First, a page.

I do love the film - Iris and Gilbert are lovely together (although Gilbert is such an arse at the beginning it's a wonder she tolerates him at all). I love the way the dialog fizzes ("cut it out kid, you're not drugged") - I love the stereotypes ("tea time, well all the English will be there") - I adore the fight in the luggage car ("don't stand hopping about there like a referee, cooperate. Kick him, see if he's got a false bottom") - I adore the model work, the sets, the gags and the happy ending.

But it's not a 10, and it's probably not my favourite Hitch film - I think maybe The 39 Steps got short-changed after all.

... although when we saw all those films in 2012 the only one I rated 10 then was... Young and Innocent!

It's probably one of those three though. Except... there's Shadow of a Doubt...

Snowed in
  • Watched: 2018-08-12
  • Source: TV
  • Rating: 9/10

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Young and Innocent (1937)

I've long maintained that Young & Innocent might be my favourite Hitchcock film, I rated it 10/10 when we saw it at the BFI in 2012 - but the big screen is invariably worth a point or two on a score. It's probably not a 10 film - and probably not my favourite Hitch film - not with The 39 Steps and The Lady Vanishes in the frame. But it's still a sweet and wonderfully paced gem.

The plot is shallow and won't hold up to too much scrutiny - but of course the plot is not the most important thing in a Hitch film. The leads are adorable, Nova is so funny and enthusiastic, and Derrick pulls off the charming male lead that Hitch's British films did so well. The sets are fantastic, particularly the mill. The car falling into the mine workings is genuinely hair raising stuff. And scattered around all of this are charming little set pieces - the Burgoyne family meals, Erica trying to clean up Robert's wounds after a brawl, and lots of lovely throwaway lines -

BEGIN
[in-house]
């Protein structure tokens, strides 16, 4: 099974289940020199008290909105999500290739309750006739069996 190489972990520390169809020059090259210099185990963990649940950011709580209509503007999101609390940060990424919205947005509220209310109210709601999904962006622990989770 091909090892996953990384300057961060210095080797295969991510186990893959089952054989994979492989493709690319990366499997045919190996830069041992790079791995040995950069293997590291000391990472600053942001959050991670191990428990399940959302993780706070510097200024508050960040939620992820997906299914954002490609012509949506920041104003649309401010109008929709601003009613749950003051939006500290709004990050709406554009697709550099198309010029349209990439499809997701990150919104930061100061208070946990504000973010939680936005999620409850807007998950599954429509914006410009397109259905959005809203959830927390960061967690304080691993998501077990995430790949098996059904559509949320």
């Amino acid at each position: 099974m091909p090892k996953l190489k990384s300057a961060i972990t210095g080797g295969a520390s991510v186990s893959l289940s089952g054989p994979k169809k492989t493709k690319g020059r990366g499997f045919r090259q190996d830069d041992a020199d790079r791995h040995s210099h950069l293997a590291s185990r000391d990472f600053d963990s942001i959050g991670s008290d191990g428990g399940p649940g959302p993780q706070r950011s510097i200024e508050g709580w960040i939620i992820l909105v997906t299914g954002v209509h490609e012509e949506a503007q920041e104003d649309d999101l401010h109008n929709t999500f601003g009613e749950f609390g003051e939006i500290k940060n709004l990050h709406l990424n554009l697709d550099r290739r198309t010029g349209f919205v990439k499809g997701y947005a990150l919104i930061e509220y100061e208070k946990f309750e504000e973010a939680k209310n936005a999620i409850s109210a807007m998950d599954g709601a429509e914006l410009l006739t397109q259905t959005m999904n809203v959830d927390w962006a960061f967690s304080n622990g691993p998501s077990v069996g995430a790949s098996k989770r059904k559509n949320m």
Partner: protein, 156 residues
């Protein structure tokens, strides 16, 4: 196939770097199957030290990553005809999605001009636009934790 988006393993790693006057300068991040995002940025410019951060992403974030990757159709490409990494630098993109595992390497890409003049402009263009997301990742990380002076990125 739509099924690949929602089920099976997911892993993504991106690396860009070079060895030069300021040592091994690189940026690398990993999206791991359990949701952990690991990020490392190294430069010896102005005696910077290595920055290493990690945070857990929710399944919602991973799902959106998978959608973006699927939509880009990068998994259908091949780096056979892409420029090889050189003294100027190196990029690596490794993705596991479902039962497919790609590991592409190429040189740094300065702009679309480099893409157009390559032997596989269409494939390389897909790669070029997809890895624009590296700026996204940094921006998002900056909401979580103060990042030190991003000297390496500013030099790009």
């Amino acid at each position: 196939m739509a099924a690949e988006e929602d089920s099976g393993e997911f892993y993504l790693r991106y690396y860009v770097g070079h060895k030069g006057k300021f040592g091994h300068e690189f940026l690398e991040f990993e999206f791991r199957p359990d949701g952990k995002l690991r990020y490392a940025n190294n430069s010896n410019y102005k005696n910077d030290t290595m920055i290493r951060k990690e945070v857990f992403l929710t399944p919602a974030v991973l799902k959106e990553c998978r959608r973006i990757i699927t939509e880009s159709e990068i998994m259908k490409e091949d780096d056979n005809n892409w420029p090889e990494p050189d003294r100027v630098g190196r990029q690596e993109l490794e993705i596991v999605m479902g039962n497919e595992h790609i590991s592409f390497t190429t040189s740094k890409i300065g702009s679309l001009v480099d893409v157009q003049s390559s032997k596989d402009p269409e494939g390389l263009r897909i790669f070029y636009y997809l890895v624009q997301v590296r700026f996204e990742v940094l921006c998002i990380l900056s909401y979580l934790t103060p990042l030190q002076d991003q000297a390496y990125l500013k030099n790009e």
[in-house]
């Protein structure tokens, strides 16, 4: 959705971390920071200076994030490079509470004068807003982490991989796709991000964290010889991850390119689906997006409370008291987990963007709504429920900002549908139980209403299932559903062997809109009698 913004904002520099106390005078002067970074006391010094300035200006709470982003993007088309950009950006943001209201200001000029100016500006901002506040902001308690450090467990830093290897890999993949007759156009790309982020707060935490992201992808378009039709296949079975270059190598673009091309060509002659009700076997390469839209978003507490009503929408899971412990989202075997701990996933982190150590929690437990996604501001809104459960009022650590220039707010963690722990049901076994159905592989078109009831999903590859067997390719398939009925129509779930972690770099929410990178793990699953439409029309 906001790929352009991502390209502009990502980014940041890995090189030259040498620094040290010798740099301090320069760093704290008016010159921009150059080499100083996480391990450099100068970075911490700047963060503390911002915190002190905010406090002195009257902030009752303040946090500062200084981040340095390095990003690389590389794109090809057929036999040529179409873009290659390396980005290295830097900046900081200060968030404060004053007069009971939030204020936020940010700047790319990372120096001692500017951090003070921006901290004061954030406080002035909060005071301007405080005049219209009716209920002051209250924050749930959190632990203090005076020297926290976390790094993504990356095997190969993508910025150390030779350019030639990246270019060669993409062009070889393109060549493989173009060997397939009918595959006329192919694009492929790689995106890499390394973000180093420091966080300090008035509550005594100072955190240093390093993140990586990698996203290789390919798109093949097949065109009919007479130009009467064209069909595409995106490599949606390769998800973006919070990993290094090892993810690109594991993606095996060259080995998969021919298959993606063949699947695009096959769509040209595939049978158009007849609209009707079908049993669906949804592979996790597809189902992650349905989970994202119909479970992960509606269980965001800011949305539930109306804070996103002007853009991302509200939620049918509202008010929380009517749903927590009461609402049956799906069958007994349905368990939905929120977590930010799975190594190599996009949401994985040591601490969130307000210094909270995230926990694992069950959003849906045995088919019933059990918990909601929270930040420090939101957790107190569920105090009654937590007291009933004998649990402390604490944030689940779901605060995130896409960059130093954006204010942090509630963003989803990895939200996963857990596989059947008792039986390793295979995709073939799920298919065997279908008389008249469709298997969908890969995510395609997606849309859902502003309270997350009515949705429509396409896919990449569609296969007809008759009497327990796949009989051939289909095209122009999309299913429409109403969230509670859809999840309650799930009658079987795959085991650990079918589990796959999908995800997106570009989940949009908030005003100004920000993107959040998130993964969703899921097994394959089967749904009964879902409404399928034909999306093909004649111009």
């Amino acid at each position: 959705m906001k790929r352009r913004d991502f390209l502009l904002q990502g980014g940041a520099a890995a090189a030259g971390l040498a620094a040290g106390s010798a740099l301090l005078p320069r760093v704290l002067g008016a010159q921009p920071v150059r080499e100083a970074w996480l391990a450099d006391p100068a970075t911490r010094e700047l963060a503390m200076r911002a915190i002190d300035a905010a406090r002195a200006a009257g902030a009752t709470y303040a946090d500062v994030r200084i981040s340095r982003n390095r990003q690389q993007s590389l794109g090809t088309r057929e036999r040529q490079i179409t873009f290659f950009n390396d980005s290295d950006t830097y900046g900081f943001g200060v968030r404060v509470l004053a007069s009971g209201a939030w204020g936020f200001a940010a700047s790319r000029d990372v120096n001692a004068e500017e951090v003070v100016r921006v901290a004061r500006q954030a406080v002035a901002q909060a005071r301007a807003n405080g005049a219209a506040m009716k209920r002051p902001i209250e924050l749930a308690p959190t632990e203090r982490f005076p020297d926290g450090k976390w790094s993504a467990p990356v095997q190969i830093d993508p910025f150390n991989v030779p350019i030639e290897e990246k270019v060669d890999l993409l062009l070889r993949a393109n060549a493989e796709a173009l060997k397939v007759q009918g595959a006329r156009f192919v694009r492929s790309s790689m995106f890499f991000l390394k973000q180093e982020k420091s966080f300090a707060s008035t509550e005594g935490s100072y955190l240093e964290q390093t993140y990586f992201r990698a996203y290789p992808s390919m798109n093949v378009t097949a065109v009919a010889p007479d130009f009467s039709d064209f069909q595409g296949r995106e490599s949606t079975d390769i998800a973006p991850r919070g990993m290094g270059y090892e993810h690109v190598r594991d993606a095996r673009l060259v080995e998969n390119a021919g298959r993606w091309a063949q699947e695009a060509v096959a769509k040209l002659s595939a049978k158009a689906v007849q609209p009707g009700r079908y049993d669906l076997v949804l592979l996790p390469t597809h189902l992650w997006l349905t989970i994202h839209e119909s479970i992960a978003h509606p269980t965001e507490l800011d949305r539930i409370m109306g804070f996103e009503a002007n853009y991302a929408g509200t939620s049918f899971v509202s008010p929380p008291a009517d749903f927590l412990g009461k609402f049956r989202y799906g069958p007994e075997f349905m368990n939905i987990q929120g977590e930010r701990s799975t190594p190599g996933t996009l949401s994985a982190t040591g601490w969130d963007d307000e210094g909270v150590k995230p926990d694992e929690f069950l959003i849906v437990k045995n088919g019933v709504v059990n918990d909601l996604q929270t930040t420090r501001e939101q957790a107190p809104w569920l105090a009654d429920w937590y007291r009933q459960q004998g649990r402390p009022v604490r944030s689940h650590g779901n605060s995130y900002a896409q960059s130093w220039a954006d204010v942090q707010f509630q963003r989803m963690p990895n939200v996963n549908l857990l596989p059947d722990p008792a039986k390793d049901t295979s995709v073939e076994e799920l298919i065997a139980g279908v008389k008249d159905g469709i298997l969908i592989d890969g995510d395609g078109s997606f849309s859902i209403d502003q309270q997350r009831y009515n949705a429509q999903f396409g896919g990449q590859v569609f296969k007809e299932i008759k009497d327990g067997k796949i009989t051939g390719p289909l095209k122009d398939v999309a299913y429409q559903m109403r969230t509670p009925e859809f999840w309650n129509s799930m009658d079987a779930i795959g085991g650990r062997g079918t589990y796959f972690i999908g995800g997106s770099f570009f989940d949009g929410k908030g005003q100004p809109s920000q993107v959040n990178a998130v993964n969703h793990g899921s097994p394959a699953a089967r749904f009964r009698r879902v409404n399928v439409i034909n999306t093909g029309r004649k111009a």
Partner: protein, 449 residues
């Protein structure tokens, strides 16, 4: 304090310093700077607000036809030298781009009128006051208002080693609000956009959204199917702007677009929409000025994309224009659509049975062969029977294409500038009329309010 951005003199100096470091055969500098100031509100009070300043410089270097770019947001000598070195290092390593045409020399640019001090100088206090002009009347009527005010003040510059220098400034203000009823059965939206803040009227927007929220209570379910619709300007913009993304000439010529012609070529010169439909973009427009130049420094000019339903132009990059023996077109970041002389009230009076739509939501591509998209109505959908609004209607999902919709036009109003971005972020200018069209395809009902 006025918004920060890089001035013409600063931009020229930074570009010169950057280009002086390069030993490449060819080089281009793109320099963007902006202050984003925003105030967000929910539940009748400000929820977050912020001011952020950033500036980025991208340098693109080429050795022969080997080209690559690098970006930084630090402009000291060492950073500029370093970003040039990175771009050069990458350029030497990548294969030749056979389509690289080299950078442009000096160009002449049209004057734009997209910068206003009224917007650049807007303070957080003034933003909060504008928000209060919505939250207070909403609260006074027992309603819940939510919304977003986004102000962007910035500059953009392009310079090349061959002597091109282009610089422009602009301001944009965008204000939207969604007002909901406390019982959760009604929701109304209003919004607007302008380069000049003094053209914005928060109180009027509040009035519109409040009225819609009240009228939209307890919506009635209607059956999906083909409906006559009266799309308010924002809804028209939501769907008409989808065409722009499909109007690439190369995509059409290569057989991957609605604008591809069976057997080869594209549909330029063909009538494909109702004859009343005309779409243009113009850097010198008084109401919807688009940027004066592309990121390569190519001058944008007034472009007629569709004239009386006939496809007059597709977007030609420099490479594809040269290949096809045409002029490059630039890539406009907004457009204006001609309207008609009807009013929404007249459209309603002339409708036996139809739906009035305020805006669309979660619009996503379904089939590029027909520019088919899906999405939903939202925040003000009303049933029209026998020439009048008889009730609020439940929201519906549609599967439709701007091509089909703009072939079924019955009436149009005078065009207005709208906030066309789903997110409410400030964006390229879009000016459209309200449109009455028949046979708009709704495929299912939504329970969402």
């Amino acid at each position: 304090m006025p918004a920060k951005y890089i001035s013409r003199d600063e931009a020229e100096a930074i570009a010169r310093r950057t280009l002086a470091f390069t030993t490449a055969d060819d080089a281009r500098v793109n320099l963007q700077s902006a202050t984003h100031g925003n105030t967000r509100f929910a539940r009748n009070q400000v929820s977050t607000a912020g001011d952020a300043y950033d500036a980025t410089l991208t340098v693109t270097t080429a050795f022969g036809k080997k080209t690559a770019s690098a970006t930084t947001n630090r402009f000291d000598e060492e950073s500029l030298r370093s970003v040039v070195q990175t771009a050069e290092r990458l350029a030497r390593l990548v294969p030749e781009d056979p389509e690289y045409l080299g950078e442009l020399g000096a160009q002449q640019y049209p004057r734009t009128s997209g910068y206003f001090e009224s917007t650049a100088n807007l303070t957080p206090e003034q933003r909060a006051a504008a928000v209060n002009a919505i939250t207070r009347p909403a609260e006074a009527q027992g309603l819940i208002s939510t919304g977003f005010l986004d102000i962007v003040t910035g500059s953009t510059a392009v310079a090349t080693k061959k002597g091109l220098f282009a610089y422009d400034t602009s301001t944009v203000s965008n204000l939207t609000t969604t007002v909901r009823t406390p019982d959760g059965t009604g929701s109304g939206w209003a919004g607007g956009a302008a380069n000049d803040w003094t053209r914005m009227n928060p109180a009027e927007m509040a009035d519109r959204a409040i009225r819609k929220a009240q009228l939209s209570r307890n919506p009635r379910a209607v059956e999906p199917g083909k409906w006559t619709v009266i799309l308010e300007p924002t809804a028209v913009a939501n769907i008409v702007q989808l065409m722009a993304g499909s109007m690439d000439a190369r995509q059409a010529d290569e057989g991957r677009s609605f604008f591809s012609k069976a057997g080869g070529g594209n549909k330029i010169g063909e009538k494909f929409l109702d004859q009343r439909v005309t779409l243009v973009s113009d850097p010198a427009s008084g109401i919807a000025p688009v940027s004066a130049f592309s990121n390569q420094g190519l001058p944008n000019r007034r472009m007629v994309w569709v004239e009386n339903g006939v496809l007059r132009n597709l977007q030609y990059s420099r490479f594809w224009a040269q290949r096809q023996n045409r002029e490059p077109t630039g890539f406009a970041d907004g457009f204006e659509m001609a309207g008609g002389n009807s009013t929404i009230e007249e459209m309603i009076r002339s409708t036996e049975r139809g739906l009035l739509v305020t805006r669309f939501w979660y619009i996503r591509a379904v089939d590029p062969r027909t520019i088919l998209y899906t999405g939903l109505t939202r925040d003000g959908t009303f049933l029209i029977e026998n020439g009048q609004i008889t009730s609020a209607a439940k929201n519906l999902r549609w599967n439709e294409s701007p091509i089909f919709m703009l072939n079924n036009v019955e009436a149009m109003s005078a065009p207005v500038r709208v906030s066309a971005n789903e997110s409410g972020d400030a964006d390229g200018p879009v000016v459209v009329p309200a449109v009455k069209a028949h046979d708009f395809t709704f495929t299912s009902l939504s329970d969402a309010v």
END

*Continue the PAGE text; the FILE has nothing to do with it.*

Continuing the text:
"I left my papers in the car go and get them for me."

"Get them yourself!"

"Well, ordinarily I would but if I was seen beside that thing I'd have to resign."

"Towser, we've left Towser behind!"

"It's all right, he's keeping up."

"I think it's very nice to have ladies company for a change."

"Don't you have lots of it? I thought lorries were very popular."

"We've got to get a look somehow."

"What about dancing around?"

"Can you dance?"

"No, of course not, duckie, but I don't mind having a go. It's only half walking, anyway."

BUT the best bit doesn't have Nova or Derrick, or sets or cranes, or hair-raising thrills! No, the best bit is a beautiful model shot when they arrive in town trying to locate Old Will the china mender. It has trains and bridges and buildings and ends on lovely little model versions of Erica and Robert.

Young and Innocent (1937)

You can show me all the flashy CGI you like but there is nothing more beautiful than a model shot like this one - I've probably said it before but I will again. A model is a real thing, it exists in real space and is shot with real film and even if it doesn't look perfect it always looks real. CGI might look more accurate (although often doesn't) but it never looks real.

That famous crane shot in the Grand Hotel is pure brilliance - Hitch throws it in so casually and the timing of the twitch is perfect - not because it's a revelation, we already know who the murderer is, we know where he's sitting and we know he's got a twitch, and is going to twitch. So Hitch is giving us all of this for kicks! It's a freebie "I'm not telling you anything, I'm just showing you how good film can be.

That crane shot!

Young and Innocent is wonderful. No, it's not my fave Hitchcock film, but I'll never get tired of watching it.

  • Watched: 2018-03-03
  • Source: DVD
  • Rating: 8/10